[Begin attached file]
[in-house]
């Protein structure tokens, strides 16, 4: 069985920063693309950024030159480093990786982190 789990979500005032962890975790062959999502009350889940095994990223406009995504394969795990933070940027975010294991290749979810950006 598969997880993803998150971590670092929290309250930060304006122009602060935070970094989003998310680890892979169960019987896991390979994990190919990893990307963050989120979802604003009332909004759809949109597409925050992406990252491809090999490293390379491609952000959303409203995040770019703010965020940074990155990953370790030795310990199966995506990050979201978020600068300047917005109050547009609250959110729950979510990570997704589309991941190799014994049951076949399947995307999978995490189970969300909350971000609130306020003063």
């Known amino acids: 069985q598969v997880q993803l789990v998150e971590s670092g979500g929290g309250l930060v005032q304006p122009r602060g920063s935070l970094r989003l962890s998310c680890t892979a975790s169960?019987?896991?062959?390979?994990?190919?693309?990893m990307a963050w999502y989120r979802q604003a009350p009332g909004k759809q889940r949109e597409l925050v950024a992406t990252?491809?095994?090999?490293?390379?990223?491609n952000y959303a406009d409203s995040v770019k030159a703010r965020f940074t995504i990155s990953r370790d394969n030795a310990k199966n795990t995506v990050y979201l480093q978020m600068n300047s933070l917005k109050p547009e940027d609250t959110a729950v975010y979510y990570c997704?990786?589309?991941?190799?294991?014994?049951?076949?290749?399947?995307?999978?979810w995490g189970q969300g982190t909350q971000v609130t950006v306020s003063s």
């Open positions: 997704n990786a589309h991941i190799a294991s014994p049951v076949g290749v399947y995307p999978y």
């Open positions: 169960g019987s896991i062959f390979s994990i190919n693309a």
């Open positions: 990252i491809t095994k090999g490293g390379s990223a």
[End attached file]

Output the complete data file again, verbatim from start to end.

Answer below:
[in-house]
């Protein structure tokens, strides 16, 4: 069985920063693309950024030159480093990786982190 789990979500005032962890975790062959999502009350889940095994990223406009995504394969795990933070940027975010294991290749979810950006 598969997880993803998150971590670092929290309250930060304006122009602060935070970094989003998310680890892979169960019987896991390979994990190919990893990307963050989120979802604003009332909004759809949109597409925050992406990252491809090999490293390379491609952000959303409203995040770019703010965020940074990155990953370790030795310990199966995506990050979201978020600068300047917005109050547009609250959110729950979510990570997704589309991941190799014994049951076949399947995307999978995490189970969300909350971000609130306020003063």
């Known amino acids: 069985q598969v997880q993803l789990v998150e971590s670092g979500g929290g309250l930060v005032q304006p122009r602060g920063s935070l970094r989003l962890s998310c680890t892979a975790s169960?019987?896991?062959?390979?994990?190919?693309?990893m990307a963050w999502y989120r979802q604003a009350p009332g909004k759809q889940r949109e597409l925050v950024a992406t990252?491809?095994?090999?490293?390379?990223?491609n952000y959303a406009d409203s995040v770019k030159a703010r965020f940074t995504i990155s990953r370790d394969n030795a310990k199966n795990t995506v990050y979201l480093q978020m600068n300047s933070l917005k109050p547009e940027d609250t959110a729950v975010y979510y990570c997704?990786?589309?991941?190799?294991?014994?049951?076949?290749?399947?995307?999978?979810w995490g189970q969300g982190t909350q971000v609130t950006v306020s003063s």
């Open positions: 997704n990786a589309h991941i190799a294991s014994p049951v076949g290749v399947y995307p999978y």
């Open positions: 169960g019987s896991i062959f390979s994990i190919n693309a």
């Open positions: 990252i491809t095994k090999g490293g390379s990223a």